Monday, March 2, 2015

Weekend Update

This NJ Transit map shows you how to get anywhere
Caroline Dunn
I spent the weekend at home in the suburbs of Philadelphia. While the Bronx and my hometown are only a 2 hour drive, without a car traveling from NY to PA can take much longer than expected. My other students and commuters from Philadelphia believe their only affordable option is a Mega or Bolt Bus which can cost as little as $6, but can take up to 5 hours (not to mention the extra trains from the Bronx and/or to the suburbs). An Amtrack train can take you into center city in about 90 minutes, but can cost almost $100. The hack from getting for NY to PA is not to go to PA at all! The New Jersey transit, which costs $15.50 can take you directly to Trenton Transit Center in anywhere from 60-90 minutes. Then from NJ, SEPTA transportation lines offer routes to Philadelphia and its surrounding areas. If you're lucky, maybe you can even manage for a parent to make the drive to Trenton!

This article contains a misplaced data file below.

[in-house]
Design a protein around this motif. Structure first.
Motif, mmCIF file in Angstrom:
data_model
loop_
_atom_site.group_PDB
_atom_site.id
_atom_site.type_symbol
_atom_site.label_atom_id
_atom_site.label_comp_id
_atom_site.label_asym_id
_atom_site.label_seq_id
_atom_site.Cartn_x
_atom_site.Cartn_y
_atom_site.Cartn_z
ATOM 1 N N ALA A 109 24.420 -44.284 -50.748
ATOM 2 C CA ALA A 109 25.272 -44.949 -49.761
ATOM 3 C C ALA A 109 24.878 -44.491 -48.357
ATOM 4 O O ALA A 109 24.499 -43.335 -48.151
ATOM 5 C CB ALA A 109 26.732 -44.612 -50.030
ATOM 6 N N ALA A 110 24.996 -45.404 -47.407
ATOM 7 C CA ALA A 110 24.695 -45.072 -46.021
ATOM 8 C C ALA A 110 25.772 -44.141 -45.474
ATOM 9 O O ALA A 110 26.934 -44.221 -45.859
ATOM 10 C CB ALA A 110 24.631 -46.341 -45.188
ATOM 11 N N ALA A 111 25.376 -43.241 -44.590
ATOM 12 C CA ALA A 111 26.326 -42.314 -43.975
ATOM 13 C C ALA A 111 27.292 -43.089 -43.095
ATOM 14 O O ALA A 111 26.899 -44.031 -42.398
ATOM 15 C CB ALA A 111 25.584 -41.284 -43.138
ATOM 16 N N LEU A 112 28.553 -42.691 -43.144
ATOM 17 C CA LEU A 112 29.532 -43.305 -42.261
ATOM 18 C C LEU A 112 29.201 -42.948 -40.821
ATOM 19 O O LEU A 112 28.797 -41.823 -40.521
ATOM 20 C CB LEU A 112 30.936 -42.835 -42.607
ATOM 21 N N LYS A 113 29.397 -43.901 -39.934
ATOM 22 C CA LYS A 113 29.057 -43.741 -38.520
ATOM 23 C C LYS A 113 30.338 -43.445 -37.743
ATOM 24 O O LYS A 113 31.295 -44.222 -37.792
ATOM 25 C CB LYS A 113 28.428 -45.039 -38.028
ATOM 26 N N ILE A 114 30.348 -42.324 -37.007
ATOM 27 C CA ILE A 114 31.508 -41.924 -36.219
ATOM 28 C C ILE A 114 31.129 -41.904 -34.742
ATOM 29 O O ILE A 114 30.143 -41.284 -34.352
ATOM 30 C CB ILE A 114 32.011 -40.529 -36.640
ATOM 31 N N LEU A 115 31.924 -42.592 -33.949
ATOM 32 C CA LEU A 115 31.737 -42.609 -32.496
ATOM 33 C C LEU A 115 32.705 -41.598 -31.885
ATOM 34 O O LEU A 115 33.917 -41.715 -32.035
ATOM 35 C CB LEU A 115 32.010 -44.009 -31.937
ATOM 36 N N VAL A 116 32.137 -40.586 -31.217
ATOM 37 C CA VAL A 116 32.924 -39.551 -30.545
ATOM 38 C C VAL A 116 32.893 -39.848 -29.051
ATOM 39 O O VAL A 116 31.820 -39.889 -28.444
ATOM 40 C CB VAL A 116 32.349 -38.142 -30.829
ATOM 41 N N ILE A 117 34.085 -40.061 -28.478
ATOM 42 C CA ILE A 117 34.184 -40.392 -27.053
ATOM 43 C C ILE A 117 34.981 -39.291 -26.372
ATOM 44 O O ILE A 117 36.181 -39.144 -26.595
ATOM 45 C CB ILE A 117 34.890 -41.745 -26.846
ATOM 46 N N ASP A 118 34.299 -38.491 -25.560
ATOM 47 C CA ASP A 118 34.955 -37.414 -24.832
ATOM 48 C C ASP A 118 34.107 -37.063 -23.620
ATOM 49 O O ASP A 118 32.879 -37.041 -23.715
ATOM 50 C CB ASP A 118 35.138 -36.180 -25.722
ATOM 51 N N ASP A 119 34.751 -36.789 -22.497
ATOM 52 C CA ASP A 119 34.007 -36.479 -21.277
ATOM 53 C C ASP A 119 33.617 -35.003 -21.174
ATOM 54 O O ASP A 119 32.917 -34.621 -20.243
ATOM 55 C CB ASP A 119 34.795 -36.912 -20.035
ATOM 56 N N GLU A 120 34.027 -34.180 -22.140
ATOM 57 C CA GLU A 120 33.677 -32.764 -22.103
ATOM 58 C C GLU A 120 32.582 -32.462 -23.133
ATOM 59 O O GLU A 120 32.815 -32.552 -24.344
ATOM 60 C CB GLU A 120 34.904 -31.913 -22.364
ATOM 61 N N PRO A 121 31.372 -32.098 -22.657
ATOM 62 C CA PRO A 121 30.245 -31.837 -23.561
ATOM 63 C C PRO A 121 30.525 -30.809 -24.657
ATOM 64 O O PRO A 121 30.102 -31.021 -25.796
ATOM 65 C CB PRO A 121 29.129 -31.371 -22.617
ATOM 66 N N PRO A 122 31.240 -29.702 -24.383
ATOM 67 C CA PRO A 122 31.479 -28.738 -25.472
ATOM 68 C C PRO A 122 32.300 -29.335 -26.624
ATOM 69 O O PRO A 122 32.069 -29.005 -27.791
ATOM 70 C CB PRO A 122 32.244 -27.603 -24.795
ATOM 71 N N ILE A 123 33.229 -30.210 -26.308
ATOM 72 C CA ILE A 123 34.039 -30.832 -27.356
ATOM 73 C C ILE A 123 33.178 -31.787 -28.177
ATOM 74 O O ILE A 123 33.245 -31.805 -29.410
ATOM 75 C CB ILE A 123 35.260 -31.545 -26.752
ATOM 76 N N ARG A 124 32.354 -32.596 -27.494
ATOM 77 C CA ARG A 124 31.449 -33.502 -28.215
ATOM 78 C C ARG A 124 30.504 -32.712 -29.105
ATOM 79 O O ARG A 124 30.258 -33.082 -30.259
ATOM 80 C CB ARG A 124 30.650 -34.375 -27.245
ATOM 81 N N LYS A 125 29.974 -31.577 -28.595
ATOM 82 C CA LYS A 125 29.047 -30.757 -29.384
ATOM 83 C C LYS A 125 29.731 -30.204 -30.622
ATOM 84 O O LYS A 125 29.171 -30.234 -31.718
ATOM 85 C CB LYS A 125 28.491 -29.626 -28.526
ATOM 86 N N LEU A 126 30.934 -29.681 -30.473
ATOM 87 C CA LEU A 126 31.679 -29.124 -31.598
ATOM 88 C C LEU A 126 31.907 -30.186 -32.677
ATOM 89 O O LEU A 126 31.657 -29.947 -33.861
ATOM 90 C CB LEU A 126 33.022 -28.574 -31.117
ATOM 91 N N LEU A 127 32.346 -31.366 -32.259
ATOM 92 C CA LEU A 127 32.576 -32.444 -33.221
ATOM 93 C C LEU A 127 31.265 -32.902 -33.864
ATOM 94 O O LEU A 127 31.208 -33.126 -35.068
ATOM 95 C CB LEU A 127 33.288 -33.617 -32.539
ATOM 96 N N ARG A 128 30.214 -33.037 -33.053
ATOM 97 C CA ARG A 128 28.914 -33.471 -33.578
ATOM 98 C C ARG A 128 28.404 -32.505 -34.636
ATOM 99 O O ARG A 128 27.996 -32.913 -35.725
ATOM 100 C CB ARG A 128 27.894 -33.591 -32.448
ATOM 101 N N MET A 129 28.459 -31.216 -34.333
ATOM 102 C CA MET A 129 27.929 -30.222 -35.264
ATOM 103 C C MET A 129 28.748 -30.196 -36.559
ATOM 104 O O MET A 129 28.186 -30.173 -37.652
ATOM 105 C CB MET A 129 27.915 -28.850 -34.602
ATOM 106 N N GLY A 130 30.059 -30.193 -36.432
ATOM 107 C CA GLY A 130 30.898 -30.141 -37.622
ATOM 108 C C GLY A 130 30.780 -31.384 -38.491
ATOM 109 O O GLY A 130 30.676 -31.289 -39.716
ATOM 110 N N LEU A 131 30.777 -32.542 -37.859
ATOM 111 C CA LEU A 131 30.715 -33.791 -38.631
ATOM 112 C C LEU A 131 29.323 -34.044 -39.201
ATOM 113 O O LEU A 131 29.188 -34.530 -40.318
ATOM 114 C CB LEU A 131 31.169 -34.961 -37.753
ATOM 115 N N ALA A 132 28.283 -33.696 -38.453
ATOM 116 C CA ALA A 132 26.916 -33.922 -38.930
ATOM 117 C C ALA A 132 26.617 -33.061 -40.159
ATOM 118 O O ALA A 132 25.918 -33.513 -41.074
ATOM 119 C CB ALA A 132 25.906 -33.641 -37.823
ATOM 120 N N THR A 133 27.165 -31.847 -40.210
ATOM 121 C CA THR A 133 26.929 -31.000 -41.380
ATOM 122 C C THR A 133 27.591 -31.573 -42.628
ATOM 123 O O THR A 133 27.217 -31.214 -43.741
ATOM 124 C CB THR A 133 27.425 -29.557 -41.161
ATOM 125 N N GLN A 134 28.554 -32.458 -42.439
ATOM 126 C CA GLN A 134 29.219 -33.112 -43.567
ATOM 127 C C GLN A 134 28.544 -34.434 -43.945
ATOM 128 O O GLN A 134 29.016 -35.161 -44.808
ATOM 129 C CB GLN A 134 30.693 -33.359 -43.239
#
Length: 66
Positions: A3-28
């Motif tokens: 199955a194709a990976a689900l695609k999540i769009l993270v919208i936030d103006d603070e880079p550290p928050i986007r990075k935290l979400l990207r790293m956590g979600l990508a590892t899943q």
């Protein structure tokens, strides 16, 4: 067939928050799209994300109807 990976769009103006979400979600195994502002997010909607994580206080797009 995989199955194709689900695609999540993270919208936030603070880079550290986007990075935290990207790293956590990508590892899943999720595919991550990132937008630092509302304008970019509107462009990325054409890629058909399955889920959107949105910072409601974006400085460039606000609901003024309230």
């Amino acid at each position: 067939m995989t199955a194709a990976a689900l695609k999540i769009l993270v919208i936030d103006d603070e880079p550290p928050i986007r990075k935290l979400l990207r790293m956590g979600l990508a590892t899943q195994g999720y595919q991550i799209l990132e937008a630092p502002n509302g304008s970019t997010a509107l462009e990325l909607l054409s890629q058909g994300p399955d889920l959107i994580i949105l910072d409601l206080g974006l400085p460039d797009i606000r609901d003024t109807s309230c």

The wonderful cast of Rent
Vanessa Agovida
This past weekend I performed as Joanne in the Mimes and Mummers' production of RENT. After a whirlwind rehearsal period of just five weeks, we finally got to present a show that had become very special to all of us in deeply personal ways. RENT is about love and survival, but most of all, it's about community--and our cast really became a family during this process. There's nothing like singing "Seasons of Love" with people you love. This was my fourth show with the Mimes, and maybe the most talented cast I've worked with at Fordham. Yesterday at the traditional Sunday cast dinner, I realized how grateful I am for the theatre community at Rose Hill and for the opportunity to work with fantastic professionals, like our director Brendan Stackhouse and music director Sean Forte.

One of many incredible speakers
Matt Calhoun
This weekend, along with my floormates in the Integrated Learning Community for Global Business (ILC-GB) in O'Hare Hall, I attended the European Conference at Harvard University. We left straight from campus on a special Ram Van and headed up to Boston where we stayed the night at the Revere Hotel, and attended the conference at the Kennedy School where we networked and shared ideas with members of the European Parliament (governing body of the EU) and professors from Harvard's Kennedy School.

Stranded in Pittsburgh in action
Brendan Burke